You know how in “The Shawshank Redemption” the old man, Brooks, kills himself because he can’t adjust to life outside the pen? (Sorry for ruining it, those who haven’t seen it). Well I’m starting to feel his pain. Two days, now, since graduating law school and what have I done with my time? I’ve returned to the scenes of my incarceration: coffee shops.
There was Starbucks yesterday for peripheral playwriting and Caribou today for the conclusion of Nabokov’s “Speak Memory.” Tonight, bored silly, I ventured out to East Atlanta to begin P.G. Wodehouse’s “Uncle Fred in the Springtime” at Joe’s.
During my first trip to the bathroom, I snapped this picture of graffiti on the wall:
See this is funny because the first person wrote “Resist Corporate Homogenization,” unsurprising for the Bohemian East Atlanta crowd. The punchline is the second graffitist’s retort: “Don’t ask about gentrification.” That’s because East Atlanta is the epitome of gentrification: it is a poor, dilapidated strip near the Atlanta Federal Penitentary that, in recent years, has bubbled up into a slightly trendy, slightly hip not quite a destination spot. It’s greatest claim is Iris (previously reviewed here) but there’s also Mary’s, the gay karaoke bar frequented by my friends and I Tuesday nights, and The Heaping Bowl, a fun quirky operation where I went once on a date. It didn’t work out.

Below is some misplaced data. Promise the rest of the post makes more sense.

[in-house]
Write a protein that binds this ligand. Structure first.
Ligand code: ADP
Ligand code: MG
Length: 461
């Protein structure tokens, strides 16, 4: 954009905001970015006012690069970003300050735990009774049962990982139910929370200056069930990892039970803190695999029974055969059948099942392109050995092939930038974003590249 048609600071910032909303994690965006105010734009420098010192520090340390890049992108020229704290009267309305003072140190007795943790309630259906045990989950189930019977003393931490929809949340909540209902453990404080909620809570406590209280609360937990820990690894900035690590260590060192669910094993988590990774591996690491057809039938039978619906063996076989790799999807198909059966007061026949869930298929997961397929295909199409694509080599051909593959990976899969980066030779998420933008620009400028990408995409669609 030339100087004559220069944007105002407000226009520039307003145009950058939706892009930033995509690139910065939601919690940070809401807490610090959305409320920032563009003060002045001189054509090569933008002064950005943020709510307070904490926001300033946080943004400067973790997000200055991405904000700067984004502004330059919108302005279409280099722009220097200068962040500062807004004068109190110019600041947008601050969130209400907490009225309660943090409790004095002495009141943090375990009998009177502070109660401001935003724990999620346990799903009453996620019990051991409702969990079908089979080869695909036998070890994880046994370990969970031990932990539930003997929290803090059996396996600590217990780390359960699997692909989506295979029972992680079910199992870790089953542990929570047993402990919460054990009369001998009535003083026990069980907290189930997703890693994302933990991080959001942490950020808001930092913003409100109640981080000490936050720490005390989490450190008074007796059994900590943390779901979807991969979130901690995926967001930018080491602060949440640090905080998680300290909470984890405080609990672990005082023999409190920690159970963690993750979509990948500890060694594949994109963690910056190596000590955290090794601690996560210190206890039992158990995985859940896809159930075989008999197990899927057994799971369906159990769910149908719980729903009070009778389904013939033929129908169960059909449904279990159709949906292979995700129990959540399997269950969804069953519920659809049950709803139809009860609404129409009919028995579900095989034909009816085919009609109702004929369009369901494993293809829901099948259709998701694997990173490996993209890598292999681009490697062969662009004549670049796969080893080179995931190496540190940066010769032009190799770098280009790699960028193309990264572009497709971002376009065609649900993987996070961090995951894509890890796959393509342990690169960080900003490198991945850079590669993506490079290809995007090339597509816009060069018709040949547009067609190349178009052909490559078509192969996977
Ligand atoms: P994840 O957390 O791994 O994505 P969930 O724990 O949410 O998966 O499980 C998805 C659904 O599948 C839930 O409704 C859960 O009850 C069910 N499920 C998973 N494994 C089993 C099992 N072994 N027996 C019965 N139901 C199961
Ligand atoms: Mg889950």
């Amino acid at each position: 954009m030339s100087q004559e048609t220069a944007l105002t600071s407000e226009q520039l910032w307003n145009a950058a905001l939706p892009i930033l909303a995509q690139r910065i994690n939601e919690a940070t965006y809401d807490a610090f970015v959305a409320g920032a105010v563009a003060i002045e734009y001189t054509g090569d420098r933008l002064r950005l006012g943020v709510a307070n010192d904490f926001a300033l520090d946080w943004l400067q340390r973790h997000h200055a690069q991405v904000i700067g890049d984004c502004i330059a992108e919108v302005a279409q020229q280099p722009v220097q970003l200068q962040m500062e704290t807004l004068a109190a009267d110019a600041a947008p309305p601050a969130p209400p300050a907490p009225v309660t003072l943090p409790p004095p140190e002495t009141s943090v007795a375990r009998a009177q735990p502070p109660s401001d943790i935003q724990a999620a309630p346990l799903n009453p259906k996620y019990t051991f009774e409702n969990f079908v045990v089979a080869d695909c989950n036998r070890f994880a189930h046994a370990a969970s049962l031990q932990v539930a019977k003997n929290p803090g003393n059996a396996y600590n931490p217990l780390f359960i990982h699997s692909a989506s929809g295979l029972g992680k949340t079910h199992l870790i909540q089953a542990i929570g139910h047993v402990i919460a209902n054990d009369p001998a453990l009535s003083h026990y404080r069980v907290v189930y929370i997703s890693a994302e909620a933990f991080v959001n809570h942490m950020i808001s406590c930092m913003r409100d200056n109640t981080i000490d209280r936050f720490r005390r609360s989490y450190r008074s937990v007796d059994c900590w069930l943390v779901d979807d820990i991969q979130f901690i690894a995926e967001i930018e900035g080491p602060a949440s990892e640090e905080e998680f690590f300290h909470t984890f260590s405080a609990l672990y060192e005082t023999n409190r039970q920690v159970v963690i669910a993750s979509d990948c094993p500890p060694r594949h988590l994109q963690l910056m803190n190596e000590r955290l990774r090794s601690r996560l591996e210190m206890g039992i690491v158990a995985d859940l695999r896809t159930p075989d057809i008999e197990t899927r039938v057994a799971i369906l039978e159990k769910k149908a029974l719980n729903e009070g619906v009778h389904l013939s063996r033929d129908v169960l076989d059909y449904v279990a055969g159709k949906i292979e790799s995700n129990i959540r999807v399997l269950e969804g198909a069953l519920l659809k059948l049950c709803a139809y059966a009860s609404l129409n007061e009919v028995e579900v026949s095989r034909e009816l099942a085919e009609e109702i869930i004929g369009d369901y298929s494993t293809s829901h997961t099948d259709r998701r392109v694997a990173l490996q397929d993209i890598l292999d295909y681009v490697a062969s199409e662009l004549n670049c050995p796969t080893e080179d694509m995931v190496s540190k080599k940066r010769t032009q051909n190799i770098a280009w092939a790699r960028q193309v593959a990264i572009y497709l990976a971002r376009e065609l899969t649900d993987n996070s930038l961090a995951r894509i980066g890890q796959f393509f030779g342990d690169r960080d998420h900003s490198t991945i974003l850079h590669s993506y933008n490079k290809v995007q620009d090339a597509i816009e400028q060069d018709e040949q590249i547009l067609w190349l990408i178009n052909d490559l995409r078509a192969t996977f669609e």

The socially minded worry over gentrification. The Lower East Side in Manhattan is experiencing just such a transformation. Long time residents are either thrilled by the increased property values or saddened by the deculturization of their communities. Well, not deculturization really, but reculturization. Out go the real poor people and in come the rich people dressing like poor people. Out goes the ethnic grocery shops and in comes the Whole Foods. Such is gentrification.
So tonight in my gentrified hovel, I asked the gentrified propietor which dessert was best. He said: “The creme brulee cheesecake.”
I took him at his word and ordered a slice.
If gentrification is the gutting and reworking of a community, fusion is the melding of two disparate elements into a cohesive whole. Thus this gentrified creme brulee cheesecake was the epitome of effective fusion: the end product tasted like an entirely separate entity, like something new.
And then there’s confusion—this occurs when you start writing a piece on one subject, move to another subject, and completely lose focus. That’s what’s happened here. So I’ll end with a food scene from P.G. Wodehouse which I’m enjoying greatly:
‘That pig is too fat.’
“Much too fat. Look at her. Bulging.’
‘But my dear Alaric, she is supposed to be fat.’
‘Not as fat as that.’
‘Yes, I assure you. She has already been given two medals for being fat.’
‘Don’t be silly, Clarence. What would a pig do with medals? It’s no good trying to shirk the issue. There is only one word for that pig–gross. She reminds me of my Aunt Horatia, who died of apoplexy during Christmas dinner. Keeled over half-way through her second helping of plum pudding and never spoke again. This animal might be her double.”